All We Grow Around Here Is Salt

Anger addiction and the algorithms

Ryan Frawley
6 min readApr 1


Photo by Timo Volz on Unsplash

You could call it a marsh

From above, the low plain where I live spreads like burned butter from gnarled mountains to bright blue sea. Studded with broad shallow ponds, the etangs, where flamingos redden like cigarette burns and spherical little crabs creep along battlements of slimy seaweed.

But zoom in closer. The big etangs with their islands and fishing nets and crumbling ghost towns are the progenitors of smaller ones. Nothing in nature is this orderly, this square. It takes a human hand and eye to draw a straight line on a round Earth and mark off the space with walkways and fences. An ancient system of waterwheels and weirs and sluices traps the water that rolls in from the sea, flooding the low-lying beach when the moon drags it over the sand.

The salt ponds trap the water. The sun does the rest.

Outside the sea, salt is naturally hard to come by. Thousands of miles from here in the high, dry Rocky Mountains, sheep lick salt from the roads, oblivious to the cars of gawking tourists that crawl by.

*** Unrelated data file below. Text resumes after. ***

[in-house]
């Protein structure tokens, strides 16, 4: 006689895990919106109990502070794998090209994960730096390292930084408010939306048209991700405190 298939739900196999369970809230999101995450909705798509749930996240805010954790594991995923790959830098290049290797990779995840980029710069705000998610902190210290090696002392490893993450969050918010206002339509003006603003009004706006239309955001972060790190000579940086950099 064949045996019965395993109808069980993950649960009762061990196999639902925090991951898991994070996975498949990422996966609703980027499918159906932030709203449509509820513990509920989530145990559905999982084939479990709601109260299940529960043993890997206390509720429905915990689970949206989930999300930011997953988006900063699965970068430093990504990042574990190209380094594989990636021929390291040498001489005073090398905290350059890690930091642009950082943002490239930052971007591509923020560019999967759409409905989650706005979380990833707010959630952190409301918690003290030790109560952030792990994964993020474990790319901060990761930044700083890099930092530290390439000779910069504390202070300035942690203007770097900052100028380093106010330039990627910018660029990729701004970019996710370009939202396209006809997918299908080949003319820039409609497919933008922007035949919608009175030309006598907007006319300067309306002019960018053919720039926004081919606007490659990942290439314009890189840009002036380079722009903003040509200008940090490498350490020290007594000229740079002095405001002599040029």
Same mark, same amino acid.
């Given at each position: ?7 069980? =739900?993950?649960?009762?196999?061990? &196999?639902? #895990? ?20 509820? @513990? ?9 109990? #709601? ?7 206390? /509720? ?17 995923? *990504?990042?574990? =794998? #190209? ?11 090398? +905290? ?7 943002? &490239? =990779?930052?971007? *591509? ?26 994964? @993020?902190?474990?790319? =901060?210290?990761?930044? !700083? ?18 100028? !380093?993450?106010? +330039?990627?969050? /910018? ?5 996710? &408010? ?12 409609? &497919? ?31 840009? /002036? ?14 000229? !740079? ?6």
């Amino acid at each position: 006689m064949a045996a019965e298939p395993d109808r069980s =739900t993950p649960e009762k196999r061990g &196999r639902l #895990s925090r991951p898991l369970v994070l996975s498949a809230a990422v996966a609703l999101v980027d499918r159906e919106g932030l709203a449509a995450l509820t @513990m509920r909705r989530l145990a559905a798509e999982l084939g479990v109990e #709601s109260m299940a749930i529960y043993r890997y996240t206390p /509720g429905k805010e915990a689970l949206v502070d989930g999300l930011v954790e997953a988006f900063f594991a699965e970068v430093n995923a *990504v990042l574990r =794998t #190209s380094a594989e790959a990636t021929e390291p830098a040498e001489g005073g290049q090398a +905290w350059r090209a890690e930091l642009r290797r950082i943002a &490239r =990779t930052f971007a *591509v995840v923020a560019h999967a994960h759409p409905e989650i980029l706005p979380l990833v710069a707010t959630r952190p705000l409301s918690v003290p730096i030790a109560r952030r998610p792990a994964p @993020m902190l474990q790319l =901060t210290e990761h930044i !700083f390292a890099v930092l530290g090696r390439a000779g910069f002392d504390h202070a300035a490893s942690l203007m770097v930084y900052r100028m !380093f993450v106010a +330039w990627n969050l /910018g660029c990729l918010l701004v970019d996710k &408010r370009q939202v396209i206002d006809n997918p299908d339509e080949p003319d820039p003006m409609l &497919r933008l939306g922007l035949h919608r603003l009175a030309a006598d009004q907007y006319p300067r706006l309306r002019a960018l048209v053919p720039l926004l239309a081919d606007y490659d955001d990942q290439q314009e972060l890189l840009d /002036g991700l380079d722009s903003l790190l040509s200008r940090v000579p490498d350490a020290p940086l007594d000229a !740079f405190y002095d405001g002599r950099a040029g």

Before the cities and the farms, we got it from the blood and meat of our fellow mammals. Build a big brain that way. Sodium channels run like canals through networks of cells, enabling the coordination that lets you scratch your nose or stand on two feet or form a mysterious self-aware consciousness from the inert lump of your brain.

The Romans didn’t know that. But they knew that without salt, we die. They knew they needed it to preserve food long before refrigeration was invented. It’s a popular myth that Roman soldiers were paid in salt, giving rise to our word for salary, from Latin salarium. They weren’t. But the lie has caught fire because it’s believable. Because salt, common as it is, is essential.

What keeps us alive can also kill us

That’s true of everything. Drink more than a liter of water an hour for several hours, and you’ll start wobbling and twitching like a black-livered junkie on Welfare Wednesday. Take a hit of pure oxygen, and your lungs might explode. Salt, like anything else, like life itself, is a poison in strong enough doses.



Ryan Frawley

Novelist. Essayist. Former entomologist. Now a full-time writer exploring travel, art, philosophy, psychology, and science.